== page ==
Japan’s shipping giant MOL and Dutch storage tank firm Vopak have signed a deal to jointly own the world’s largest FSRU which will serve a new LNG terminal in Hong Kong.
Under the deal, Vopak would buy 49.99 percent of the shares from MOL in the vessel owning company of the 263,000-cbm MOL FSRU Challenger, whose name will be changed to Bauhinia Spirit, according to a joint statement.
The deal also marks Vopak’s entry into the LNG shipowning business, adding to its portfolio of LNG import terminals located around the globe.
This new joint venture between MOL and Vopak in Hong Kong will own the FSRU and have a long-term contract with Hong Kong LNG Terminal.
The latter is the developer of Hong Kong’s first FSRU-based LNG import terminal formed by HK Electric and Castle Peak Power (Capco).
The 2017-built, 345 meters long FSRU has a regasification capacity of 800 mmscfd. MOL and Vopak will provide the FSRU as well as jetty operations and maintenance and port services.
Hong Kong LNG Terminal owns the project’s offshore jetty platform for the mooring of the FSRU and LNG carriers.
Prior to this new deal, MOL and Vopak joined forces for the development of the project’s double berth jetty and maintenance services.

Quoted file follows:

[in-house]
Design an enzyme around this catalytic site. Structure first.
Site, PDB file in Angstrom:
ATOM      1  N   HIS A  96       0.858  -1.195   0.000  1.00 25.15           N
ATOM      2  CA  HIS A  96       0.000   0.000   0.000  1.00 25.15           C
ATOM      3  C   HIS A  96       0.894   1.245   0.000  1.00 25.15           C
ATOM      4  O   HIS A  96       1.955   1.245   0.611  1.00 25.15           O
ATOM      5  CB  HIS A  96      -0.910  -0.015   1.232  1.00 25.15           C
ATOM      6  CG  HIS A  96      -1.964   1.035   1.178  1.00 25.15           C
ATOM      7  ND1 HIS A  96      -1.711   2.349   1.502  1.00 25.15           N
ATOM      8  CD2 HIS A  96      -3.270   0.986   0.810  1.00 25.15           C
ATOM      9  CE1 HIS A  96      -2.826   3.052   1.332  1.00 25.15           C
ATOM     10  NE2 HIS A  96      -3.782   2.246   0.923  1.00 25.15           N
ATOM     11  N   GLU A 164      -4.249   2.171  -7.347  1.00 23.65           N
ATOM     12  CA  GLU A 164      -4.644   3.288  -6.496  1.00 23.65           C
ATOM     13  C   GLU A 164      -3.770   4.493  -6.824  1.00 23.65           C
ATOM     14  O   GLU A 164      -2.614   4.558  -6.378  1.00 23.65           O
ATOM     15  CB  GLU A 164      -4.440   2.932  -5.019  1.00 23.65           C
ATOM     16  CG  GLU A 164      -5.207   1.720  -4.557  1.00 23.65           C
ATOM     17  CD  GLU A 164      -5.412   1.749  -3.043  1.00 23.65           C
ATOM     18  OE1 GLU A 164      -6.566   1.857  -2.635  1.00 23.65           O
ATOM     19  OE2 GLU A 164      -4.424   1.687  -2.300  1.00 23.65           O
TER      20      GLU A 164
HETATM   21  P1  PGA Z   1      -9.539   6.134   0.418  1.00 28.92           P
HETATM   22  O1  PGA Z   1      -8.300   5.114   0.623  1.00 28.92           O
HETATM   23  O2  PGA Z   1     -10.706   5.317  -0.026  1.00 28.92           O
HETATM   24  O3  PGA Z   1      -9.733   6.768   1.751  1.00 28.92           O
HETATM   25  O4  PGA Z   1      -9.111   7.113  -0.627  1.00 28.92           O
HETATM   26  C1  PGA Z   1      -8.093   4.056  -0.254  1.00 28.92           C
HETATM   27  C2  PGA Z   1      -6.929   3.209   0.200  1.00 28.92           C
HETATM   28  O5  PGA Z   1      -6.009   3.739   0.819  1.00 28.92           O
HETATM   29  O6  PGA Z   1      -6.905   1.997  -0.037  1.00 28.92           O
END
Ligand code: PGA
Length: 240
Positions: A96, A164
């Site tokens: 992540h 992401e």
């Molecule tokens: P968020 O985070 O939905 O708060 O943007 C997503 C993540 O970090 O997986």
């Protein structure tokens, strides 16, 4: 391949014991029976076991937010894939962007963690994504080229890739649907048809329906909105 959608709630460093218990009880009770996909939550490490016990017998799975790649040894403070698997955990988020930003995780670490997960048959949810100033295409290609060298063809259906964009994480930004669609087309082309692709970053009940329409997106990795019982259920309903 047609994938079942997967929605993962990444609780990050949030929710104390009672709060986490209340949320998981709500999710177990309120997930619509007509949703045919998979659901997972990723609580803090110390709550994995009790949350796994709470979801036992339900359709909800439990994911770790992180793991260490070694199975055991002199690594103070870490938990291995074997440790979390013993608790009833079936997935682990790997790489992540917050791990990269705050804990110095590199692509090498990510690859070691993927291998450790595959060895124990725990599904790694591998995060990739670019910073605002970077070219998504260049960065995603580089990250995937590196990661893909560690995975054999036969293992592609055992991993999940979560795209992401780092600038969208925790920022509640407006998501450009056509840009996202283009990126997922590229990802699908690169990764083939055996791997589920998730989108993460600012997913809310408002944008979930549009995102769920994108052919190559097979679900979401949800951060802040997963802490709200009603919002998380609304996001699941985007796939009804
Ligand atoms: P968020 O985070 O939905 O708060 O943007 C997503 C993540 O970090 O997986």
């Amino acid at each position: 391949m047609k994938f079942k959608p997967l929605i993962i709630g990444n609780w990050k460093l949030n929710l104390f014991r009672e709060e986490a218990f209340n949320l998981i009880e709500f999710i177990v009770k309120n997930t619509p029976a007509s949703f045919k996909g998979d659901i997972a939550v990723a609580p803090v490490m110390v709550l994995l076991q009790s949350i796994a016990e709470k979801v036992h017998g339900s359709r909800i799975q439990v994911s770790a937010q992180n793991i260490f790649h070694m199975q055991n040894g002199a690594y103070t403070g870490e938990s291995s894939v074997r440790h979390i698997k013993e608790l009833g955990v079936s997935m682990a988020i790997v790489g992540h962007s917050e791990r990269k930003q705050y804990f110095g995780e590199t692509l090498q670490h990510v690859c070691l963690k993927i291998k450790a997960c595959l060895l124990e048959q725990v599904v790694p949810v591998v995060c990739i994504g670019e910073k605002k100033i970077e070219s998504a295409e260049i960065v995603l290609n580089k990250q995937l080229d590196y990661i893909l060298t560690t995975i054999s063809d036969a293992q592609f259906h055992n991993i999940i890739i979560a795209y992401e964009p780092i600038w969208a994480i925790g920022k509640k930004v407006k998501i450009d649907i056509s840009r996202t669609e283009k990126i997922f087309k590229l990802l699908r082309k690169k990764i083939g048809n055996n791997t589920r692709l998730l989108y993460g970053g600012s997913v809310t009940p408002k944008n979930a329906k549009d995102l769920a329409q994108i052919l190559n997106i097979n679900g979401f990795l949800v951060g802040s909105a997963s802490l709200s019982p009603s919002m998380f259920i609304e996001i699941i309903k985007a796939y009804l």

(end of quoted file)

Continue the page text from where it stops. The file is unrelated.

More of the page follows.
The transaction remains subject to customary conditions, including closing, refinancing and obtaining regulatory approvals.
Launch in 2022
LNG Prime recently reported, citing HK Electric, that the facility would go online in mid-2022.
MOL and Vopak confirmed this in the new statement as well.
The LNG import project forms part of Hong Kong’s initiative to reduce emissions. The city and special administrative region of China aims to replace about half of its power generation fuel with natural gas.
Regasified LNG coming from the FSRU will supply two power plants via subsea pipelines.
These include the Black Point power station located in the New Territories and Lamma power station located at Lamma Island.
Also, Shell will supply LNG as part of a long-term deal signed with HK Electric and Capco in 2019.
Based on these joint initiatives, MOL and Vopak also aim to explore further downstream
opportunities for bunkering of LNG as a cleaner marine fuel in Hong Kong, the statement said.
Hong Kong is one of the major bunkering ports of fuel oils for marine transportation.
MOL plans to have 90 LNG-powered vessels in its fleet by 2030 as it looks to achieve net-zero GHG emissions by 2050.